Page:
Objective:Spanish speaking (SS), Latino patients (LP) with type 1 diabetes (T1D) face cultural, language and socioeconomic barriers that add to the risk of complications and higher distress. Shared medical appointments (SMAs) are effective models of care to help overcome these barriers. Behavioral outcomes of SS LP with T1D attending a novel culturally sensitive SMA pilot were analyzed.
Methods: Patients 1-20 years old and caregivers participated in the SMA pilot program. Pediatric Quality of Life (PedsQL), Diabetes distress (Problem Areas in Diabetes-PAID) surveys and satisfaction scores were obtain baseline and yearly. Higher scores on PedsQL indicate a better overall QoL.
Results: Mean A1C at baseline was 9.6% (sd=2.3). Mean distress scores for children and teens decreased from Baseline to Year 2 (47.4 vs. 37.9; p=0.21 and 54.1 vs. 51.8; p=.002, respectively) and showed improvement (not statistically significant) on mean overall QoL. Diabetes specific QoL improved from Baseline to Year 1 (78.4 vs. 81.5, p=0.46 and 68.2 vs. 73.2, p=0.24, respectively). For caregivers from Baseline to Year 2 there was significant increase in distress (39.5 vs. 65.1, p<0.001), had no change in overall QoL, Diabetes specific QoL worsen from Baseline to Year 1 (64.5 vs. 57.9, p=0.04). Children, teens and parents all reported high levels of program satisfaction (means ranged from 41-46/50) with no significant change over time.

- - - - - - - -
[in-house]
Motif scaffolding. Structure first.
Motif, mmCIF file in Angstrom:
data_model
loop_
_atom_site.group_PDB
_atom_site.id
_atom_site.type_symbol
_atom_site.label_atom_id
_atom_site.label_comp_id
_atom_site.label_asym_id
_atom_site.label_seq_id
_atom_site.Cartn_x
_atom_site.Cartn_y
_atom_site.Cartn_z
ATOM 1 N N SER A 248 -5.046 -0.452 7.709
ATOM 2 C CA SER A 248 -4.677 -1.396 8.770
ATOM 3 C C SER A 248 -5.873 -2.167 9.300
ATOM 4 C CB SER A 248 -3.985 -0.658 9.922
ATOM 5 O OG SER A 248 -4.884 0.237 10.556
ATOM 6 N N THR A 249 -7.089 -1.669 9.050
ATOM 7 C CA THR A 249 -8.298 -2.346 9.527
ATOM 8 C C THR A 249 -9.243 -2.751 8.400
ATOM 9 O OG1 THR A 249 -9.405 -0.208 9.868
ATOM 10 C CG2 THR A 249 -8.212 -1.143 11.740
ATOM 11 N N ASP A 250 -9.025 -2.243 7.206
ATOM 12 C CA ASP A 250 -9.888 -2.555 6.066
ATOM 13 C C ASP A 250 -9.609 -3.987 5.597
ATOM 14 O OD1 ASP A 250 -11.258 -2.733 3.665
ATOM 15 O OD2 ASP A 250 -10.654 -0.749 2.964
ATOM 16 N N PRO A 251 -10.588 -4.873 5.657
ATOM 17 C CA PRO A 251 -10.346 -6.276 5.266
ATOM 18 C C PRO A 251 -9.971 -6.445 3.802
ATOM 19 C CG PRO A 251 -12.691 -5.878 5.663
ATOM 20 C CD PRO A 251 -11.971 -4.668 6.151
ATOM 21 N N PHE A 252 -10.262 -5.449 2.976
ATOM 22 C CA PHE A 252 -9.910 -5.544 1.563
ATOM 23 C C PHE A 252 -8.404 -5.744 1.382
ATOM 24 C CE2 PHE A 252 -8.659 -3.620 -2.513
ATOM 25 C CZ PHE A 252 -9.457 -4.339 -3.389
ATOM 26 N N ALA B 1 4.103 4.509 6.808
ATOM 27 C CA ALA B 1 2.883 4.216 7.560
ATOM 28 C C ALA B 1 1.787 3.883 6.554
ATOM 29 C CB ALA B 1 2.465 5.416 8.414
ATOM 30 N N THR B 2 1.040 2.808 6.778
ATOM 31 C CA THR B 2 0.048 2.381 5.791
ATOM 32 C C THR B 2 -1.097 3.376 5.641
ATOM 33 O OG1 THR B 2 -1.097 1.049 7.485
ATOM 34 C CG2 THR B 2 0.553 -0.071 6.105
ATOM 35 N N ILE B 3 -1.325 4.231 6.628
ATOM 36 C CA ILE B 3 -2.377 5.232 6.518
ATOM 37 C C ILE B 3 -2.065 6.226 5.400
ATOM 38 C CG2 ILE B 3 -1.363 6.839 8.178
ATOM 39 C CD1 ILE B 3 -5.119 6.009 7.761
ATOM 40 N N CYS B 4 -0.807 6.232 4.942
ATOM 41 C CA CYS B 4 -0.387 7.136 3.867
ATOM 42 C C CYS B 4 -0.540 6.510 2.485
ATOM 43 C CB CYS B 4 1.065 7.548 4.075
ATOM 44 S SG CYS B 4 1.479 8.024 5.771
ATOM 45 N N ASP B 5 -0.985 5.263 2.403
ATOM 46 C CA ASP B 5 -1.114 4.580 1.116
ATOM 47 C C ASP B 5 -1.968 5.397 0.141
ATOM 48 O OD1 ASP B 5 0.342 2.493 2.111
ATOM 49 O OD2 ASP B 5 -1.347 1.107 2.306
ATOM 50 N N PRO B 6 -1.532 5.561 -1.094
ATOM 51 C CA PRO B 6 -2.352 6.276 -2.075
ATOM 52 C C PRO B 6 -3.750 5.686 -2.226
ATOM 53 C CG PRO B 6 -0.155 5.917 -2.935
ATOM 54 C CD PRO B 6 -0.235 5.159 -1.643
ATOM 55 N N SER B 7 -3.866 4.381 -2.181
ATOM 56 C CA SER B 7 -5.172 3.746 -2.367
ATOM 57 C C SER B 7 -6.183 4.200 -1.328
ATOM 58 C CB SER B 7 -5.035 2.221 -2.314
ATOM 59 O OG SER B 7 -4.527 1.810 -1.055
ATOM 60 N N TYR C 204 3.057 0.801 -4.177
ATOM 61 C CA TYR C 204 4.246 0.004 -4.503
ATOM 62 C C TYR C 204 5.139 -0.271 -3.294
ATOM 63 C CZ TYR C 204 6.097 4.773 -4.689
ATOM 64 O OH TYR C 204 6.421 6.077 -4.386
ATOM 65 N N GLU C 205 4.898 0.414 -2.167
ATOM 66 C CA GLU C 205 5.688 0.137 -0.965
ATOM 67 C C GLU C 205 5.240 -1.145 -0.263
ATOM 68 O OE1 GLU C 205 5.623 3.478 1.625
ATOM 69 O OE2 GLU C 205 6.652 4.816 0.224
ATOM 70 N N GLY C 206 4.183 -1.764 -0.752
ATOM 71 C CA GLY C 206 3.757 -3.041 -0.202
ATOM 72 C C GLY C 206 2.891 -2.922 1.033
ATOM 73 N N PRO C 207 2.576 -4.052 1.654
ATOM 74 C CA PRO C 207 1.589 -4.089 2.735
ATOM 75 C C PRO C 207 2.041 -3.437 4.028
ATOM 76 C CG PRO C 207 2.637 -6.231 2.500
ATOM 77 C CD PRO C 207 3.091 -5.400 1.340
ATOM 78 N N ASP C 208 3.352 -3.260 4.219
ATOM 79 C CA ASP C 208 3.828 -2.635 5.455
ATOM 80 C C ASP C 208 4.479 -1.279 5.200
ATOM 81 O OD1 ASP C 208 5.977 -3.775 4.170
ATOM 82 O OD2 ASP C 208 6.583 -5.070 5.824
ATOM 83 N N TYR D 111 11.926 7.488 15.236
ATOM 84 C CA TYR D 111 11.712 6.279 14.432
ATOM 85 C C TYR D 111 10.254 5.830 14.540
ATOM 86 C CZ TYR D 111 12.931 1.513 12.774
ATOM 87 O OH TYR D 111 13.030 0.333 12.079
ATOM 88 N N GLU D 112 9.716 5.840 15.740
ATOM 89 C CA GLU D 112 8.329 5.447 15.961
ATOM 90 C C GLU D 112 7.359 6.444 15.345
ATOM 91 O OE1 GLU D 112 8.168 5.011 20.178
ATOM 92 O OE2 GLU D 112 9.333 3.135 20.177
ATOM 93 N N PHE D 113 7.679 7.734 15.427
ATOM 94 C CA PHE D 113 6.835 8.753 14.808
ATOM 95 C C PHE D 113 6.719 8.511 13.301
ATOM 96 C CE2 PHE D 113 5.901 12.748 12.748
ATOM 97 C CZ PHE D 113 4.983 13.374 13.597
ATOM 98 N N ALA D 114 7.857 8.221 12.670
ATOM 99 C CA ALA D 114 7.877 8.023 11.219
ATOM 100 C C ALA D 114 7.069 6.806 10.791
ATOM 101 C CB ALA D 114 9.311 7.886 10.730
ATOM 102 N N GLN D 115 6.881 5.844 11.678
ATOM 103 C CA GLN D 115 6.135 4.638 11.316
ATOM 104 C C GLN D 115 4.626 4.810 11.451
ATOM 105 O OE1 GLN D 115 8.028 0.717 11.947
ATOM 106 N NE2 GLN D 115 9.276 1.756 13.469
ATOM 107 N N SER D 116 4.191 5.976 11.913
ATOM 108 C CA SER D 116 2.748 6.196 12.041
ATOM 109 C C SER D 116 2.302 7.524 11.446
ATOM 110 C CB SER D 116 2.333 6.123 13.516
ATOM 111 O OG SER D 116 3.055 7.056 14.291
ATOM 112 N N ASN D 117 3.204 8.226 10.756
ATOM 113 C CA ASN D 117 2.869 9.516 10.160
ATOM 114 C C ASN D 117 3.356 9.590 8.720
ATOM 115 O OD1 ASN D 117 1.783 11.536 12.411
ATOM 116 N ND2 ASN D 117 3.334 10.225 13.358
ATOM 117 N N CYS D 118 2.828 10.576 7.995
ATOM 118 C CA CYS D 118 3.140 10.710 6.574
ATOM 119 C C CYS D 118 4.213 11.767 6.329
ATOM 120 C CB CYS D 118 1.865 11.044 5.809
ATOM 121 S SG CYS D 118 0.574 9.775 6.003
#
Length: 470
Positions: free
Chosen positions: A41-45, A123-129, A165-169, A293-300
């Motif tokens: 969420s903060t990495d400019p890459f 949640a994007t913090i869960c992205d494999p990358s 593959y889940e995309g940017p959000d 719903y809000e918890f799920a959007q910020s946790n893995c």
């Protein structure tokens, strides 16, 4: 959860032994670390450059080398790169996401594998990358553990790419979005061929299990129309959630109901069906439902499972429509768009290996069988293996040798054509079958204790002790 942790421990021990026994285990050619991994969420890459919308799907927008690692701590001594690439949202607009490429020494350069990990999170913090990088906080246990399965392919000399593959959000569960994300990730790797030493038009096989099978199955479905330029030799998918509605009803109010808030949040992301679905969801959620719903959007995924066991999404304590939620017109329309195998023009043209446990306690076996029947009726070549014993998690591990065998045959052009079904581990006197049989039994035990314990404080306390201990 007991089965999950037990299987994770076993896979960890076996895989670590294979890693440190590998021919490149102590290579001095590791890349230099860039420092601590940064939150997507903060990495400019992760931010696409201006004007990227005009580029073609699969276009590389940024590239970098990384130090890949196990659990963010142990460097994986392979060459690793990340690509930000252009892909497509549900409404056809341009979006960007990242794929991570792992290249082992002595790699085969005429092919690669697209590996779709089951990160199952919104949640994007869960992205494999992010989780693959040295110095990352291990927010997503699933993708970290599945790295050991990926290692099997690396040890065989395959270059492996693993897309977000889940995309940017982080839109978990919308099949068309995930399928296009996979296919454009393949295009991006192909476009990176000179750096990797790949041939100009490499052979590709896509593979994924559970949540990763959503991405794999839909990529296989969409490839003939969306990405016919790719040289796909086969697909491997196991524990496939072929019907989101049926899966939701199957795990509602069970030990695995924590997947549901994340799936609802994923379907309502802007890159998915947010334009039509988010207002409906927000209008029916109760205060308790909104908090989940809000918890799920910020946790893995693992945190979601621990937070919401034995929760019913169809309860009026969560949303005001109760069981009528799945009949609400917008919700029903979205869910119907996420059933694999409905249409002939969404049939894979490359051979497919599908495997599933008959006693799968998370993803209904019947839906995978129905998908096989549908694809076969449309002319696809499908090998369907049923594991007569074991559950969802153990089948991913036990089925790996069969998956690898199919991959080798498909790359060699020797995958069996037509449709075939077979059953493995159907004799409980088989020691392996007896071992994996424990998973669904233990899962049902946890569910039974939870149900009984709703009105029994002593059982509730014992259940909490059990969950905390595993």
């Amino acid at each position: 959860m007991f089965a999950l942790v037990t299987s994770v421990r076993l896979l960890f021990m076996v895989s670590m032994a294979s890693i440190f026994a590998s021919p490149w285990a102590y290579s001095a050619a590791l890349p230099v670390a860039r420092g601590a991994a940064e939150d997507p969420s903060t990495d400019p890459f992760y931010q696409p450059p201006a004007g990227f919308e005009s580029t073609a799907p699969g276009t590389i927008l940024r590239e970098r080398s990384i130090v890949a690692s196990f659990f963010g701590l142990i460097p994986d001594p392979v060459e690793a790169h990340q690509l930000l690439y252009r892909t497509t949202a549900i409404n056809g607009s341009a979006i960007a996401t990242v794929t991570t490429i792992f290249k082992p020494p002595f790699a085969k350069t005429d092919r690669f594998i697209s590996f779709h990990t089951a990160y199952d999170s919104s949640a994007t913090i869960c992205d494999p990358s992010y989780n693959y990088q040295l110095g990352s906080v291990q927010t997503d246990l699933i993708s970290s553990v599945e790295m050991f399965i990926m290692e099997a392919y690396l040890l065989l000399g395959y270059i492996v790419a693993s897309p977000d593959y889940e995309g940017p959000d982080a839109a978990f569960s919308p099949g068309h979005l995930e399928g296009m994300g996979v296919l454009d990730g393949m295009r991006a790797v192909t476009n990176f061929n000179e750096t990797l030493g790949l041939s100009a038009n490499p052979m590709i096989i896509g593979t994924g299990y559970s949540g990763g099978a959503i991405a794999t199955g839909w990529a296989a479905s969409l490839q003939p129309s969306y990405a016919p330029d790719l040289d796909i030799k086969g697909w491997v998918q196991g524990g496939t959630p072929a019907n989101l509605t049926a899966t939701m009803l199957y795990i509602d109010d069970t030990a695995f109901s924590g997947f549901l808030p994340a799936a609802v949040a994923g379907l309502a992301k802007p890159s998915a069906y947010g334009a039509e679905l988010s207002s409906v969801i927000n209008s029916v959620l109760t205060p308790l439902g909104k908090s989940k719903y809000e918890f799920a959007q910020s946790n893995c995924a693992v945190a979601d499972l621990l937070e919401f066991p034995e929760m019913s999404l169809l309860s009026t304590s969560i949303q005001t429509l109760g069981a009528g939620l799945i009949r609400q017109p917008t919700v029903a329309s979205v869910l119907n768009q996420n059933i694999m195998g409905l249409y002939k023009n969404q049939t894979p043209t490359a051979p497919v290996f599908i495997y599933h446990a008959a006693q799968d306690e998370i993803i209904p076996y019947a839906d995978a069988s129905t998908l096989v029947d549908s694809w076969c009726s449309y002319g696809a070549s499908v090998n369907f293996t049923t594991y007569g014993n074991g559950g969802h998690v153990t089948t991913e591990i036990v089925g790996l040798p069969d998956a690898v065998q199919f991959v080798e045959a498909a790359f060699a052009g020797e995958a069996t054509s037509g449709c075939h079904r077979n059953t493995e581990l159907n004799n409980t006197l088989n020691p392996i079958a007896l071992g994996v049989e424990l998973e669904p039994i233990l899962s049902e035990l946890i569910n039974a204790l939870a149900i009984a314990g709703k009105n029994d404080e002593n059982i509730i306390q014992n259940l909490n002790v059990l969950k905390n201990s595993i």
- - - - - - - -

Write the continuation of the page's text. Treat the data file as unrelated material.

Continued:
Conclusions:The novel culturally sensitive SMA model seems an effective strategy to lessen overall distress and increase QoL for High-risk SS LP youth. Parent’s final PAID scores correlated to children’s baseline A1C. It is likely that parent’s data was a result of increased education and awareness of disease seriousness. Sample size was small. Data from continued participation should be further analyzed.
R. Jensen: None. S. Suttiratana: Employee; Spouse/Partner; CVS Caremark. D. Naranjo: None. A. Gerard Gonzalez: None.
The Leona M. and Harry B. Helmsley Charitable Trust (2015PG-T1D060)